TECH

Asteroid That Killed The Dinosaurs Plunged The Earth Into A Deep Freeze

The Earth was transformed into a ball of ice and darkness.

01/11/2017 13:34 GMT

We know that around 66 million years ago the dinosaurs were eradicated by a city-sized asteroid that struck the Earth.

What we’re not entirely sure of however is what happened straight after the impact, in the following years.

Well in much the same way that the arrival of winter signifies death in the book ‘Game of Thrones’, it appears as though winter was also the the downfall for our scaly relatives.

A team of researchers who have been drilling into the vast crater of the asteroid were able to confirm that not only was the Earth plunged into a deadly winter but that it was even worse than originally believed.

Reuters Photographer / Reuters

The research, carried out by scientists at the European Consortium for Ocean Research Drilling (ECORD), was able to take precise measurements of the conditions that occurred almost immediately after the asteroid hit.

What they found was that the moment the 12km object struck the Earth it would have immediately vaporised thousands of billions of tonnes of rock.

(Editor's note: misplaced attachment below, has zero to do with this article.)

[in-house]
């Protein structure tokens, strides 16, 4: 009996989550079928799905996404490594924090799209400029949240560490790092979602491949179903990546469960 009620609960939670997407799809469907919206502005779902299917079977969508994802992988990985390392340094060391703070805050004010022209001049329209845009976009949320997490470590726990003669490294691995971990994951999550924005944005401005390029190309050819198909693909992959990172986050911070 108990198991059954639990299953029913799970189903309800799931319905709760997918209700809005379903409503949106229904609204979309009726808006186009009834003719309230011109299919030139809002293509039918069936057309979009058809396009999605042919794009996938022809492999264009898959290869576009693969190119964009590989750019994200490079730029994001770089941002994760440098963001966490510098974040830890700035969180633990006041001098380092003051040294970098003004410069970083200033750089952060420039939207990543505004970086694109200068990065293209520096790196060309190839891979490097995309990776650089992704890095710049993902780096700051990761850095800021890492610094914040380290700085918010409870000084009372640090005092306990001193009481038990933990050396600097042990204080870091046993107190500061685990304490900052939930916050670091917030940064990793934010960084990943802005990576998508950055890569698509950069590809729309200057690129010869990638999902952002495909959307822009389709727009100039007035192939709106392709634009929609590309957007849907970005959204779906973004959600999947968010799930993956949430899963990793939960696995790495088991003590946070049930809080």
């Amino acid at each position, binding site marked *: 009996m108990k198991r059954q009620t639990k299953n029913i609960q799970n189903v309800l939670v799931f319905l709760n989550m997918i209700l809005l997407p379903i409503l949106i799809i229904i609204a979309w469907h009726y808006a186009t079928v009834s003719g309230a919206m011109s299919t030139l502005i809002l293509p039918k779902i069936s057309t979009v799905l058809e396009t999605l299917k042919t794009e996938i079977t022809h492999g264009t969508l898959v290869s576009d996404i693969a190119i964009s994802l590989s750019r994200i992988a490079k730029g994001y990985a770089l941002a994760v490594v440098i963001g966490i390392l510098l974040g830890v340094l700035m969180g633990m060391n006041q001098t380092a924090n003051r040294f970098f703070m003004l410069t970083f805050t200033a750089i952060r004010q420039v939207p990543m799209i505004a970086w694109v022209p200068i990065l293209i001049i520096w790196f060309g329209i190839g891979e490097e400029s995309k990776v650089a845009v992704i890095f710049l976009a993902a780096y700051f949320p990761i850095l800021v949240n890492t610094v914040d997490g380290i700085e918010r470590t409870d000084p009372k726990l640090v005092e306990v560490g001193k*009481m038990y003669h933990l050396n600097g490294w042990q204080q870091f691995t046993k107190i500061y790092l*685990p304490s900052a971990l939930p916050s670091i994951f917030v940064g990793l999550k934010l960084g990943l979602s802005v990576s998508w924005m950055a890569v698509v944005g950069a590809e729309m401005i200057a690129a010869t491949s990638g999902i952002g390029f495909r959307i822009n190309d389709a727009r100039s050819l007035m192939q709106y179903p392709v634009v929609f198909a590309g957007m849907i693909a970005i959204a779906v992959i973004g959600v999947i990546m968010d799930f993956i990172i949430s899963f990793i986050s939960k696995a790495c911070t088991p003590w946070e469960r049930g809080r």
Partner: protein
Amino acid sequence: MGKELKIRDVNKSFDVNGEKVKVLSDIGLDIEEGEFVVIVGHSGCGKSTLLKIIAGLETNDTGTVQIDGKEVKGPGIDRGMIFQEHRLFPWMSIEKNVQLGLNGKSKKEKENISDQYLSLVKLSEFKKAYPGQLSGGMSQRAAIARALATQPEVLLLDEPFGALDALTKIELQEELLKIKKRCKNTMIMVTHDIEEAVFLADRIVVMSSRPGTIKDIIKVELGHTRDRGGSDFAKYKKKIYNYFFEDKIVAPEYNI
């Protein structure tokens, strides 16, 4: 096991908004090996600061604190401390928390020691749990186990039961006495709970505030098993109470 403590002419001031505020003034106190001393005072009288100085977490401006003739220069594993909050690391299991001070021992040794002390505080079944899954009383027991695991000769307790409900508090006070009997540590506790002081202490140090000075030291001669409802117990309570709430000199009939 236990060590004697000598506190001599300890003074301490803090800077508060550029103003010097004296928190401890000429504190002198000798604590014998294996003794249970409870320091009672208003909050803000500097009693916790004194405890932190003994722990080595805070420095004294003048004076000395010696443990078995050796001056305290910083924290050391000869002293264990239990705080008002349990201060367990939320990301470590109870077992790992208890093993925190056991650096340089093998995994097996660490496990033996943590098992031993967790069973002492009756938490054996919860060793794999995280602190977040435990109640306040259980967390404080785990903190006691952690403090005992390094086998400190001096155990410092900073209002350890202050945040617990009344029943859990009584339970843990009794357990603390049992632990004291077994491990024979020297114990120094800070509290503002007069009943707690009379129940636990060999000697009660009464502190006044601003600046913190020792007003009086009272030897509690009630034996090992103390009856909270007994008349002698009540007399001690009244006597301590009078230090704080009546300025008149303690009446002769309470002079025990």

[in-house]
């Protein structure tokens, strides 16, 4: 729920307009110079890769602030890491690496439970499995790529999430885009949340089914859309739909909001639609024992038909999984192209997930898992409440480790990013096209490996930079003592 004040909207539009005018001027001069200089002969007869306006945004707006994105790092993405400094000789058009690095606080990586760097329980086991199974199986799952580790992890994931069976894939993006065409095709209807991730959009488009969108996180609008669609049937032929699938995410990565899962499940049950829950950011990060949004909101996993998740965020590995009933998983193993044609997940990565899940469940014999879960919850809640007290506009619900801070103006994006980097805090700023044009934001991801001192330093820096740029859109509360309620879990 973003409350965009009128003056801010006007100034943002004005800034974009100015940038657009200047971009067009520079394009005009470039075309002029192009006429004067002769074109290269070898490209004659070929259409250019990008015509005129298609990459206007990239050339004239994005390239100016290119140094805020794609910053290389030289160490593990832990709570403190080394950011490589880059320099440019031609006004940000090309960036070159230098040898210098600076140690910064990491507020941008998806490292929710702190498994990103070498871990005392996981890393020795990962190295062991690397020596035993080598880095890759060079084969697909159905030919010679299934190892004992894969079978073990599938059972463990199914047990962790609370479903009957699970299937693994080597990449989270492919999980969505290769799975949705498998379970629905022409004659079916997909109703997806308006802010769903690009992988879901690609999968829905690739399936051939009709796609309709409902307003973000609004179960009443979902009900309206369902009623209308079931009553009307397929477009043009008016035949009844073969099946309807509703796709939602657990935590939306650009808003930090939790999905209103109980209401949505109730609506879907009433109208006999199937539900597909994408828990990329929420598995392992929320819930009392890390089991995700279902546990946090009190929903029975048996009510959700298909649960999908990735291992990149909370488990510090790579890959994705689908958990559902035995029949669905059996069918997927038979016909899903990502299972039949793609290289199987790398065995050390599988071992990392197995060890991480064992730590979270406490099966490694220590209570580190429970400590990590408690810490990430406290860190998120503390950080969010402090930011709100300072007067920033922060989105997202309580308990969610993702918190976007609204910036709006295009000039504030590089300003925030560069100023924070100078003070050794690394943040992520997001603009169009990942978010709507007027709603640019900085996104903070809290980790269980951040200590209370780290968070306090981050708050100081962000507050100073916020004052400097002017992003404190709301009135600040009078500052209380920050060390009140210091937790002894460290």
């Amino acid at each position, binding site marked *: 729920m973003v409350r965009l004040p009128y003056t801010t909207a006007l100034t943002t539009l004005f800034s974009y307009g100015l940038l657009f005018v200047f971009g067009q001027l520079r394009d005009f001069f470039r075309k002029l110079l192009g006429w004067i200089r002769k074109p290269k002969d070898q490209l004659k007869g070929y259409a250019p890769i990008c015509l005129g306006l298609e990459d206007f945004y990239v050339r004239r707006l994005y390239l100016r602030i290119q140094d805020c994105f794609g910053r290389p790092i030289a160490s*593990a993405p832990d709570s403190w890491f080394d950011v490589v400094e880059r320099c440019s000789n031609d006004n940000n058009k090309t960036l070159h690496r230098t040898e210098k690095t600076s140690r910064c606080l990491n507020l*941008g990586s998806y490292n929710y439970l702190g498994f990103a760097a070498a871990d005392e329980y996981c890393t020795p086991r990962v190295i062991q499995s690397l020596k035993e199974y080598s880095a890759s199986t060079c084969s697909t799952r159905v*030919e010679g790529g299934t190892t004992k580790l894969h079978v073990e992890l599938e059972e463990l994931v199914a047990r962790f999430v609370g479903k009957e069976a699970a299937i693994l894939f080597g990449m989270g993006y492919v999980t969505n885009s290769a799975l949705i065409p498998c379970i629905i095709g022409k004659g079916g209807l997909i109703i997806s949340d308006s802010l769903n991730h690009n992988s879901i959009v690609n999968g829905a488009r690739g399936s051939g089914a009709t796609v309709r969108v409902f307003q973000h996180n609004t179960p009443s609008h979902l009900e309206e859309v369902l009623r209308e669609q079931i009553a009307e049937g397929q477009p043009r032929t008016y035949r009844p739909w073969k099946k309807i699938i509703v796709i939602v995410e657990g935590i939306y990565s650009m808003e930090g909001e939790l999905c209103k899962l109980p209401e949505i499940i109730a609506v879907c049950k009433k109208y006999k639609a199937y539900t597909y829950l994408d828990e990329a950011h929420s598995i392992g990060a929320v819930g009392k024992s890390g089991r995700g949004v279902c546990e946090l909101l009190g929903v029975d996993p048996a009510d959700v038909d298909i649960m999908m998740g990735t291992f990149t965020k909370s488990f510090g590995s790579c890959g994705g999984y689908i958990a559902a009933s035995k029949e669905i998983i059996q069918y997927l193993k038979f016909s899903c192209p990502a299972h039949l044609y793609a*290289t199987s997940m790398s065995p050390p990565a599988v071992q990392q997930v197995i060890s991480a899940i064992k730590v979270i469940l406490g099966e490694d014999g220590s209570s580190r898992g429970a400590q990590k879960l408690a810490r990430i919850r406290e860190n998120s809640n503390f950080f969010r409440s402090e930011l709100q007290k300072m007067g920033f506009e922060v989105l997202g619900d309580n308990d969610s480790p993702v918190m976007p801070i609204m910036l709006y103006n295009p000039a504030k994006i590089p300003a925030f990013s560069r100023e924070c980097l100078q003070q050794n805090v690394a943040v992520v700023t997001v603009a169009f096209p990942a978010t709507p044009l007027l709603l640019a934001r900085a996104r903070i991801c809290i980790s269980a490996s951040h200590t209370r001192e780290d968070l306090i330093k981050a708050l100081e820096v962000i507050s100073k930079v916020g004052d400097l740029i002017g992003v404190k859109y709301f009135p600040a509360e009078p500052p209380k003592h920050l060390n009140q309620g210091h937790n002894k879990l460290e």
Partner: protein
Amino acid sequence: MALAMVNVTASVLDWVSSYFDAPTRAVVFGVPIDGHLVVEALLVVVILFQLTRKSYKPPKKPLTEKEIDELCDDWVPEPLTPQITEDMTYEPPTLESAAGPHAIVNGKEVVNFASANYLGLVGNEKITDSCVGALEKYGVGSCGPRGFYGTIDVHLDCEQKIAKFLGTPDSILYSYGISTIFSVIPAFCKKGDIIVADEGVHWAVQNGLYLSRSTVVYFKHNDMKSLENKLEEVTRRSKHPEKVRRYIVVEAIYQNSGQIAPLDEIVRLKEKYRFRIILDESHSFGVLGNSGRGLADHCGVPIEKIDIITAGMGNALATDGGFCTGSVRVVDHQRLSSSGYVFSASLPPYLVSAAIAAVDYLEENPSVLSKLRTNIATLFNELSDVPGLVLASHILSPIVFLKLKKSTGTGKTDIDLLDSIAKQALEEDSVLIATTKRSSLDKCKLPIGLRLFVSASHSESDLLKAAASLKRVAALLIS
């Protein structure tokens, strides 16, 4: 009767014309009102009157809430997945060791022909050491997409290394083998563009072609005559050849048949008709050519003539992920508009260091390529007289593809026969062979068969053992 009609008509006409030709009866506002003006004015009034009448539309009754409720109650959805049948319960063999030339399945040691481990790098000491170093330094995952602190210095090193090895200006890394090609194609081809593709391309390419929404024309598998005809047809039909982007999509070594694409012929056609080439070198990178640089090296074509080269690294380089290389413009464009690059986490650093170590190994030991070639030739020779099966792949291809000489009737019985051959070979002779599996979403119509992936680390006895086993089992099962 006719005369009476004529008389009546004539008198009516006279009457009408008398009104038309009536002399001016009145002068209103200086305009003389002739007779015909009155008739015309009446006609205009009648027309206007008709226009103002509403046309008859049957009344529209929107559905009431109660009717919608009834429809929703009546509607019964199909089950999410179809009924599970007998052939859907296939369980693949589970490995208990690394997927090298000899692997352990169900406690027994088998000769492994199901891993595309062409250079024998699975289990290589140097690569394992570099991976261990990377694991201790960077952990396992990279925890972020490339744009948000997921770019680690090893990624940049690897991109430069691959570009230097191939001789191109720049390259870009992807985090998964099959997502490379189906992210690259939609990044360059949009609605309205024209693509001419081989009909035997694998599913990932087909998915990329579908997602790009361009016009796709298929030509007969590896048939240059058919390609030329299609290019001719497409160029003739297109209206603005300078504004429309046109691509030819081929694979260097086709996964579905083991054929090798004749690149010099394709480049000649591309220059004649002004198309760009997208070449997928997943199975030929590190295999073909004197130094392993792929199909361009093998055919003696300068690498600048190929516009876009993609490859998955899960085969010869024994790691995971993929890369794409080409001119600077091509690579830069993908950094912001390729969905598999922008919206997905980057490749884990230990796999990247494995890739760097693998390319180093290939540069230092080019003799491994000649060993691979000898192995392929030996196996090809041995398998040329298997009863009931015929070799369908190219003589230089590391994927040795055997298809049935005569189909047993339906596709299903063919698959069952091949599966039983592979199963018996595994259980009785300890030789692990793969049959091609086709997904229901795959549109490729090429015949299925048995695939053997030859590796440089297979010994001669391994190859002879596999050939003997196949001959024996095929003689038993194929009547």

Much of this rock would have contained sulphur which would then be thrown up into the atmosphere.

To be clear, much of this is information we already know, however what the research team were able to do is actually say with greater accuracy just how much material was thrown up into the atmosphere (it was a lot).

According to Professor Joanna Morgan, from Imperial College London, and her team, they believe that around 325 gigatonnes of sulphur and around 425 gigatonnes of carbon dioxide. 

That sulphur would have plunged the Earth into a deep cooling period with the entire planet subjected to sub-zero temperatures.

To give you some idea of just how much cooler it would have been, previous research into climate change models found that just 100 gigatonnes of sulphur would lead to a drop in temperature of some 26 degrees celsius.

What’s worse is that it would have gone on for many years, making it almost impossible for life to thrive.

The end result? Well if the dinosaurs had survived the initial impact the likelihood is that the remaining species had to spend the next few years freezing and in almost complete darkness.

Be thankful you weren’t a dinosaur.